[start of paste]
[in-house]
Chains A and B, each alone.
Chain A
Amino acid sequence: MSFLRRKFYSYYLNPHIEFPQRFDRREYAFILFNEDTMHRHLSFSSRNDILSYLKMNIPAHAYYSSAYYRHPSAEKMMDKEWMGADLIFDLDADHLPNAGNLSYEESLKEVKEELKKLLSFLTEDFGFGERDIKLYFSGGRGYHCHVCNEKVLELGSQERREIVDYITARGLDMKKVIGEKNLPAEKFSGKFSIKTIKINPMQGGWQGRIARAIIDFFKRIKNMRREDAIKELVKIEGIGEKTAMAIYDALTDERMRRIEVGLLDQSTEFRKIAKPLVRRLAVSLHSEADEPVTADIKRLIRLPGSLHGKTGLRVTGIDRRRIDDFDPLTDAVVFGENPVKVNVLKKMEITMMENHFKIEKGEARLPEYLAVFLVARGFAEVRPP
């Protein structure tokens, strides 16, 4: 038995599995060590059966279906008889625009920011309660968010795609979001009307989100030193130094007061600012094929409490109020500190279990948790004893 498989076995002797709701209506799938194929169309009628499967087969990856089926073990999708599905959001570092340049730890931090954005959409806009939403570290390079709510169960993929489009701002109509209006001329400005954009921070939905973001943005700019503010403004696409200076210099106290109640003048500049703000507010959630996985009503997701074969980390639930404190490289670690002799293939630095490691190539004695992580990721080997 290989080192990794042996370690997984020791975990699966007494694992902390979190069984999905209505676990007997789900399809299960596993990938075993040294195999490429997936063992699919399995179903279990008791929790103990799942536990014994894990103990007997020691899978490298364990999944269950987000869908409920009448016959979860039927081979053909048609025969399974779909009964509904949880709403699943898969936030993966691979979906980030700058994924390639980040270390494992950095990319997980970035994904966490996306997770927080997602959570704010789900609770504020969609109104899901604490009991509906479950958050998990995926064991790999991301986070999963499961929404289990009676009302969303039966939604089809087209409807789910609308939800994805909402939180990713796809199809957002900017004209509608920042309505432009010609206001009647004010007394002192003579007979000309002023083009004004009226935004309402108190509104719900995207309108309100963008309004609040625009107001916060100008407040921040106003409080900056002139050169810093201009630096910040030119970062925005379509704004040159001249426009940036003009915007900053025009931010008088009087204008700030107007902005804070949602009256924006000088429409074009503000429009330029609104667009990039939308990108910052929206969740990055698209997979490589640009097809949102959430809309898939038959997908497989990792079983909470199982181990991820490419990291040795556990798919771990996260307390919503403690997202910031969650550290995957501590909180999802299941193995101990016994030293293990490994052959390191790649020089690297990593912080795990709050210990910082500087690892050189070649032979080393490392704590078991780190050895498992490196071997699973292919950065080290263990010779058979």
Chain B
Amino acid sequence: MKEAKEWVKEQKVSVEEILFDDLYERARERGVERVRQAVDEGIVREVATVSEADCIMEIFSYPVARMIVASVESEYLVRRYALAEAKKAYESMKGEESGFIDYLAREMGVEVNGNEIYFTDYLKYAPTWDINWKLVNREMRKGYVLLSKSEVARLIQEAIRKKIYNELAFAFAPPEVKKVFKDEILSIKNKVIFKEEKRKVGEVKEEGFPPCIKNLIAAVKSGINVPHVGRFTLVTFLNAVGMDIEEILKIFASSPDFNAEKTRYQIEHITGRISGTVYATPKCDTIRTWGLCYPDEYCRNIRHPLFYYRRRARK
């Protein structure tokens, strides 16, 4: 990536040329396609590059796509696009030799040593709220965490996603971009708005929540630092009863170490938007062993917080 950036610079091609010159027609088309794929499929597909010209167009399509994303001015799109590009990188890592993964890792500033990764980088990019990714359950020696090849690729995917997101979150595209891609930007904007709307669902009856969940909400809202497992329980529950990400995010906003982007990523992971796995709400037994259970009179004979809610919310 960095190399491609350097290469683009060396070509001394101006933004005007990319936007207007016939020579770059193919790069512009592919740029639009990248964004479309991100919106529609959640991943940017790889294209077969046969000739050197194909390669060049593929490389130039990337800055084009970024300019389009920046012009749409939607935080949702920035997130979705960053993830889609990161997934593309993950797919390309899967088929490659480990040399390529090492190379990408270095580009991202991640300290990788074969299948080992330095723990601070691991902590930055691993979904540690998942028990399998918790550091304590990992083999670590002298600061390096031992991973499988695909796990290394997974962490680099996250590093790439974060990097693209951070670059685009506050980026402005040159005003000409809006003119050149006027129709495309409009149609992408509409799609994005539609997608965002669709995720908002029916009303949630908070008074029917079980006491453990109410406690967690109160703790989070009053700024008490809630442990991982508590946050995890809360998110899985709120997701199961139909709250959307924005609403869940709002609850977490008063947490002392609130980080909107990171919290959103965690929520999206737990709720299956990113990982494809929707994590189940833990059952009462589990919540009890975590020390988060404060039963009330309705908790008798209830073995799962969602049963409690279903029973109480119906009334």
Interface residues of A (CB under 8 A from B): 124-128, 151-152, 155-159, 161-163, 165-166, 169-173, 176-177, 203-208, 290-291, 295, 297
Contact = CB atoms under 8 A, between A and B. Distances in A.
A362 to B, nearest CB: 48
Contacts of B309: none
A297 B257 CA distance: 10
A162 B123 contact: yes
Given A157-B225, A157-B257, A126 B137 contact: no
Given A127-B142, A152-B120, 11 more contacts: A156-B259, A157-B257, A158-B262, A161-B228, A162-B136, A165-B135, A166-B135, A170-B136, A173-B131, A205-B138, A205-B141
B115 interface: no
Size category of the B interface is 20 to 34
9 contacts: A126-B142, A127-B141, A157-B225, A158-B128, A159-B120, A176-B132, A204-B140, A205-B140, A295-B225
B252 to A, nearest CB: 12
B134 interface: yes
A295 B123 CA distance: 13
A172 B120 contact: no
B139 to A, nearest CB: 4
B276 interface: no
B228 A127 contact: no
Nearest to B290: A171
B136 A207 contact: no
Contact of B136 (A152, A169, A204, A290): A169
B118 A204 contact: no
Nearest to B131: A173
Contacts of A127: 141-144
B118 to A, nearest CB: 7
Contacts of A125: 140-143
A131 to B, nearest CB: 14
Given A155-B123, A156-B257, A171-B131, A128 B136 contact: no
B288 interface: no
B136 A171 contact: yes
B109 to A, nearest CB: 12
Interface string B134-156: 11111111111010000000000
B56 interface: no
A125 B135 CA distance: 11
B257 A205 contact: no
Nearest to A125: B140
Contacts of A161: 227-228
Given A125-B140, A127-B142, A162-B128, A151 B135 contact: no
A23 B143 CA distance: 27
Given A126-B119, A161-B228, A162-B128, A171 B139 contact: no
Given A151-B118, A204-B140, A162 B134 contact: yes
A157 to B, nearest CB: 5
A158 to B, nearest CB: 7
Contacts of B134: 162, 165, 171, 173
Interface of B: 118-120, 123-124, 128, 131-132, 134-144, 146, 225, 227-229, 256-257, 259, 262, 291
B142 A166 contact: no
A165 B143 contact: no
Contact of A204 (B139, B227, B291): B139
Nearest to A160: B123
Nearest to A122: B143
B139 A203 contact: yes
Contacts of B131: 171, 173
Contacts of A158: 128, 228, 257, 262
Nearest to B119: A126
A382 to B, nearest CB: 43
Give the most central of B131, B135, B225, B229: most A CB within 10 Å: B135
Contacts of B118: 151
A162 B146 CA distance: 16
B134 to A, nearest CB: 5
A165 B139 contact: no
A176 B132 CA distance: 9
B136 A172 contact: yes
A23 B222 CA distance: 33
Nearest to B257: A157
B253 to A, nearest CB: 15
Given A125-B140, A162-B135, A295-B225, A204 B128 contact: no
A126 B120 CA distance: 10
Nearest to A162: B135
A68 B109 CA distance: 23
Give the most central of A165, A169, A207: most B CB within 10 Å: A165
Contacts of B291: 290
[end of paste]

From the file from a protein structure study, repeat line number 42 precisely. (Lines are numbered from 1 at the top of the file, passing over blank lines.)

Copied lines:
A125 B135 CA distance: 11